Monday, September 10, 2007

injunction - dissipation of assets

Ambrogi v. Reber - Superior Court - September 7, 2007

http://www.aopc.org/OpPosting/Superior/out/a12010_07.pdf

It was appropriate for the trial court to grant an injunction preventing defendants from dissipating their assets during the pendency of a lawsuit. The court ordered defendants to place the net proceeds of the sale of considerable real property in a supervised escrow account. There was a demonstrated need to prevent defendants from liquidating their assets and making themselves judgment proof.

The opinion contains a good review of that factors that are required to get a preliminary injunction.
- prevent immediate and irreparable harm
- greater injury from on-grant that grant
- maintenance of status quo
- the alleged wrong is manifest and the injunction of reasonably suited to abate it.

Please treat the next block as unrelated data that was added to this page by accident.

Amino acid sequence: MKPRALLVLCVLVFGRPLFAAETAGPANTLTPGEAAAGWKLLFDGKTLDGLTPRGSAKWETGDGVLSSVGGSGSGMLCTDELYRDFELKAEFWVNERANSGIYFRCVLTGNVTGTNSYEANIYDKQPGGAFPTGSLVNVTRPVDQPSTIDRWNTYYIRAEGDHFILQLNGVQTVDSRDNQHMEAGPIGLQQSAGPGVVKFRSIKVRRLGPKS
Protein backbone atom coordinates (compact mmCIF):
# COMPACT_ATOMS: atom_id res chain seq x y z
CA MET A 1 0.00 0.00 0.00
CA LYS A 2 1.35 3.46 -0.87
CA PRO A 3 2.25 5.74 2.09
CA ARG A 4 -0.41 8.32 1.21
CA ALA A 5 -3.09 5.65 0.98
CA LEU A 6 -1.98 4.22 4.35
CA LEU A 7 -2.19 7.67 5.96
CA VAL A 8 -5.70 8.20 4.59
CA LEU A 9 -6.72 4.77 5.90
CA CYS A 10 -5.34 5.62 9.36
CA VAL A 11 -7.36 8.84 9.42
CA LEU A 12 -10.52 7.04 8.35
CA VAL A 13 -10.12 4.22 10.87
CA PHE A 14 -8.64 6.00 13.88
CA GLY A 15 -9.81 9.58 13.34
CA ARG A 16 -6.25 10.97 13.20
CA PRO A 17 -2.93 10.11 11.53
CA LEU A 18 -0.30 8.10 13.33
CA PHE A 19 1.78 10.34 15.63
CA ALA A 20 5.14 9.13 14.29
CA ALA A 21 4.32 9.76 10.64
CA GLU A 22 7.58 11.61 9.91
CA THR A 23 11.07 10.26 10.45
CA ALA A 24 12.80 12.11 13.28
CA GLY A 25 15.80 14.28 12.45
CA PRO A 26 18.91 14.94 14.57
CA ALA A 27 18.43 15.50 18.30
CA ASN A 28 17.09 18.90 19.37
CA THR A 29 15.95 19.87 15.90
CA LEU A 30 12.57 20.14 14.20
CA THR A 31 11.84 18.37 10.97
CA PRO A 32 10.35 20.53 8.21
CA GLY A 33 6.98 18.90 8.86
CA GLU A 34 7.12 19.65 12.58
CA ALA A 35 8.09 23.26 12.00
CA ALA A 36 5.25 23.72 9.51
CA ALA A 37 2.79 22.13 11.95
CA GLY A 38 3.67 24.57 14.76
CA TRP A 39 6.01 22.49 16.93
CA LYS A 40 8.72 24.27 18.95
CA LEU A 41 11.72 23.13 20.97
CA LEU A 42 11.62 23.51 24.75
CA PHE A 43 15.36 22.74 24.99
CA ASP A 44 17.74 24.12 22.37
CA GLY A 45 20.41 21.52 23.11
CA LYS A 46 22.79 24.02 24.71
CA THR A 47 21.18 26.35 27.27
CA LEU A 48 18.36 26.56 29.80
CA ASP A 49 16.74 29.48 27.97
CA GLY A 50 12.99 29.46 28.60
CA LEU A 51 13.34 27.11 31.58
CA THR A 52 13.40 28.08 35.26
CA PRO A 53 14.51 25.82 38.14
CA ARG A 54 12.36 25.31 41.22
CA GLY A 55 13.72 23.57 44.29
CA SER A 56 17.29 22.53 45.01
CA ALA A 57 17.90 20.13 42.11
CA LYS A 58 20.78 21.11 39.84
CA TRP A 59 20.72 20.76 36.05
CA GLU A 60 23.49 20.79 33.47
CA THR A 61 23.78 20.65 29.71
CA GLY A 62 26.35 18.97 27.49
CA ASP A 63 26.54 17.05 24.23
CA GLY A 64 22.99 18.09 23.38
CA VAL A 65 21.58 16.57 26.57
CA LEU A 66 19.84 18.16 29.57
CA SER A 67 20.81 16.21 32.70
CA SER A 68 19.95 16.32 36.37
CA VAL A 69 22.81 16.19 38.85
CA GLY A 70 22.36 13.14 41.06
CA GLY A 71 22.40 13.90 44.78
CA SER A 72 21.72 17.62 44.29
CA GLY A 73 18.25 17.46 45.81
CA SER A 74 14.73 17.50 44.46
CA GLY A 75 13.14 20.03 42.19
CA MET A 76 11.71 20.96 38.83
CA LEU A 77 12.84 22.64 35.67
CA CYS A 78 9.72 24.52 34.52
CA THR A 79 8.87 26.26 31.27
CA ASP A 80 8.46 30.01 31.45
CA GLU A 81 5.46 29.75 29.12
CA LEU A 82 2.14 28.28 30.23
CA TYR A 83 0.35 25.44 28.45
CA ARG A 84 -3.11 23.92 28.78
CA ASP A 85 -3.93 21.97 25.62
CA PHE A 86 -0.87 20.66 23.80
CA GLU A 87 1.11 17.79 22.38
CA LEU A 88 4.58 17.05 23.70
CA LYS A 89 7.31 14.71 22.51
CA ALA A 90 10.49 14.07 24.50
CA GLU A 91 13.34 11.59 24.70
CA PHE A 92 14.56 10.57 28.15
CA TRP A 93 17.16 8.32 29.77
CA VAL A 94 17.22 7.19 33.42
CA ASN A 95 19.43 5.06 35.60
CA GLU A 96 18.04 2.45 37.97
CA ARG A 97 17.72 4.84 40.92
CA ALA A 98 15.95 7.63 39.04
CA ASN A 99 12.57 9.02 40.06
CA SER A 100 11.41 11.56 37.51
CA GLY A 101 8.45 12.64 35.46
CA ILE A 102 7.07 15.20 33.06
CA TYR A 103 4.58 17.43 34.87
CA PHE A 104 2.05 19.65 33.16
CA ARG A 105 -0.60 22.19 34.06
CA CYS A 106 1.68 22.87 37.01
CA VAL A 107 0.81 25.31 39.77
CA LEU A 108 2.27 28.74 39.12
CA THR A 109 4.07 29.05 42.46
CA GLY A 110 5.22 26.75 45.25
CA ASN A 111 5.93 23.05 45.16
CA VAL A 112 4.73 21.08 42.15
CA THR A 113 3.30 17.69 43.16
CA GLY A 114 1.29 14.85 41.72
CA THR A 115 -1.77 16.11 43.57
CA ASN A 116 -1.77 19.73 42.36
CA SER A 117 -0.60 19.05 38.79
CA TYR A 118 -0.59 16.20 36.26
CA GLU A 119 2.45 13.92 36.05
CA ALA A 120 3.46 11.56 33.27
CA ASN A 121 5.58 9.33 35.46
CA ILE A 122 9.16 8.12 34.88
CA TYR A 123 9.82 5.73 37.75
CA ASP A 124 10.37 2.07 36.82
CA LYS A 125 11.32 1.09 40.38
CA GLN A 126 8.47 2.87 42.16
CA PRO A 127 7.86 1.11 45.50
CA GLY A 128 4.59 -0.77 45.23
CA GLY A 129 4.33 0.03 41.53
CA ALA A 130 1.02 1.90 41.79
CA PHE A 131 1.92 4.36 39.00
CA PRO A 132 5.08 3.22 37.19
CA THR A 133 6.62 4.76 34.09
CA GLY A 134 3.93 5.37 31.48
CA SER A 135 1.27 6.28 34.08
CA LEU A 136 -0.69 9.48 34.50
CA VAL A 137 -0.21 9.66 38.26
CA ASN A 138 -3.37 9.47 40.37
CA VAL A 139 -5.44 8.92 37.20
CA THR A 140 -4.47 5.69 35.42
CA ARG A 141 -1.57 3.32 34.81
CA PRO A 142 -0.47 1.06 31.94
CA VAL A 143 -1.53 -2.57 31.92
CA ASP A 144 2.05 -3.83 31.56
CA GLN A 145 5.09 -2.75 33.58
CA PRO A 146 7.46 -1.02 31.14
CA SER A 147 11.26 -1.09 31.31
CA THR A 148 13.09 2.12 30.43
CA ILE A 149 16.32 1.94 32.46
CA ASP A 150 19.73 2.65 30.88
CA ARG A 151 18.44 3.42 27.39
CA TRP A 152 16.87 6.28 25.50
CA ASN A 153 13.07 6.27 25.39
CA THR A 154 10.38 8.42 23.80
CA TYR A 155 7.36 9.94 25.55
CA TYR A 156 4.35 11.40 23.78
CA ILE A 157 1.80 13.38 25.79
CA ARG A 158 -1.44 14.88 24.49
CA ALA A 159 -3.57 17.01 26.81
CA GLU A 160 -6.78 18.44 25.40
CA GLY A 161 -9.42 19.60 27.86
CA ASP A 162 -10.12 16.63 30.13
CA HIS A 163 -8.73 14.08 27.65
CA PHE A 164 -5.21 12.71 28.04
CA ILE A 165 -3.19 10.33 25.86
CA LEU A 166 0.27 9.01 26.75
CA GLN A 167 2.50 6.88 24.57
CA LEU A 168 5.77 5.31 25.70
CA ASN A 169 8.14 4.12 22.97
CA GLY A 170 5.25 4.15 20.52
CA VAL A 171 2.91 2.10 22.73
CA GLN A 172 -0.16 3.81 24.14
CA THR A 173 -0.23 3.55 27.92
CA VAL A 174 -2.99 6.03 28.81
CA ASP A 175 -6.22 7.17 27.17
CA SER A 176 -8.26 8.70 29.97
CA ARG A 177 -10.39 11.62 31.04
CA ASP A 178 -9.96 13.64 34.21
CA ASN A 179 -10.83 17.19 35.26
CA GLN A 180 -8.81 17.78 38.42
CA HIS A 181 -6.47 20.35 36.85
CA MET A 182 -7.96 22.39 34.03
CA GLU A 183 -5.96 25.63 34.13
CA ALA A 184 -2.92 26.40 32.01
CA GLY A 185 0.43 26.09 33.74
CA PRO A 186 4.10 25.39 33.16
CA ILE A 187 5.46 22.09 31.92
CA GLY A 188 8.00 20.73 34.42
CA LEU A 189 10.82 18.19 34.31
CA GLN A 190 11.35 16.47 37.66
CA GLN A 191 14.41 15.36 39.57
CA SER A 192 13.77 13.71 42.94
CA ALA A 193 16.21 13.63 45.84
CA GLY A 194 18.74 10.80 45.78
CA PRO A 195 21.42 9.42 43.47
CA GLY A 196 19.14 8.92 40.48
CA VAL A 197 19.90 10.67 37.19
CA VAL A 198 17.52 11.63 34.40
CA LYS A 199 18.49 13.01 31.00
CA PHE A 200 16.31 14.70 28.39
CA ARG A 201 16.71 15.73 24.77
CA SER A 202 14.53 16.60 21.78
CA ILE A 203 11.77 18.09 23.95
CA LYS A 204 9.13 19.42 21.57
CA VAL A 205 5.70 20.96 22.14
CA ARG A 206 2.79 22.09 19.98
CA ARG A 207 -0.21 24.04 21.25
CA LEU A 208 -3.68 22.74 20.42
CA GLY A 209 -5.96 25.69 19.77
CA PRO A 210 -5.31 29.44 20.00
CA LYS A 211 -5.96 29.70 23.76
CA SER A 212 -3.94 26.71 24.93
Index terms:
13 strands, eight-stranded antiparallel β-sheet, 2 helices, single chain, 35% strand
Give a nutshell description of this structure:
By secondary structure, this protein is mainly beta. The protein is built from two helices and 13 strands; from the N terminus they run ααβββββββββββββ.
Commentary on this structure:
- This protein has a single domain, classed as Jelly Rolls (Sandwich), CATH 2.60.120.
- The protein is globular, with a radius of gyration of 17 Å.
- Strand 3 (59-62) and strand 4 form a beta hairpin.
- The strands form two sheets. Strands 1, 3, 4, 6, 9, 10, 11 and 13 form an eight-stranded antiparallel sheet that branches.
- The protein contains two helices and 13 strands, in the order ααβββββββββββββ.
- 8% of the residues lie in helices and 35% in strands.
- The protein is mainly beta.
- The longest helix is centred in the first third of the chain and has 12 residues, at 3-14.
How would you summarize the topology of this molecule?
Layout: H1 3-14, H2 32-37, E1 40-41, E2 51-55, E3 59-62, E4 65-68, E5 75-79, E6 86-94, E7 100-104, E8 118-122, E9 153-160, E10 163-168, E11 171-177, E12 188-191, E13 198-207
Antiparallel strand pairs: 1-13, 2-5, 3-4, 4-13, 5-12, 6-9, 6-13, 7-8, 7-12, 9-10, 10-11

The movant doesn't have to show that he will prevail, only that there are substantial legal questions that the court has to resolve. On appeal, the court determines if the trial court had reasonable grounds for its order and will reverse only where no grounds for it exist or that the rule of law relied on was palpably erroneous or misapplied.

In this wrongful death action, defendants sold almost 40% of their real estate in less than 2 years from the date of a fatal fire at issue in the case. The trial court was troubled by the number of post-fire sales, the high value of the properties sold after the fire ($3 million), defendants' failure to purchase new real property with the proceeds, defendants' failure to disclose ownership of other properties, and very high potential damages.

The trial court simply directed that defendants must preserve their assets at a level reasonably calculated to satisfy a judgment that could be entered. Its order allowed defendants to petition for a change and release of funds to conduct their business.

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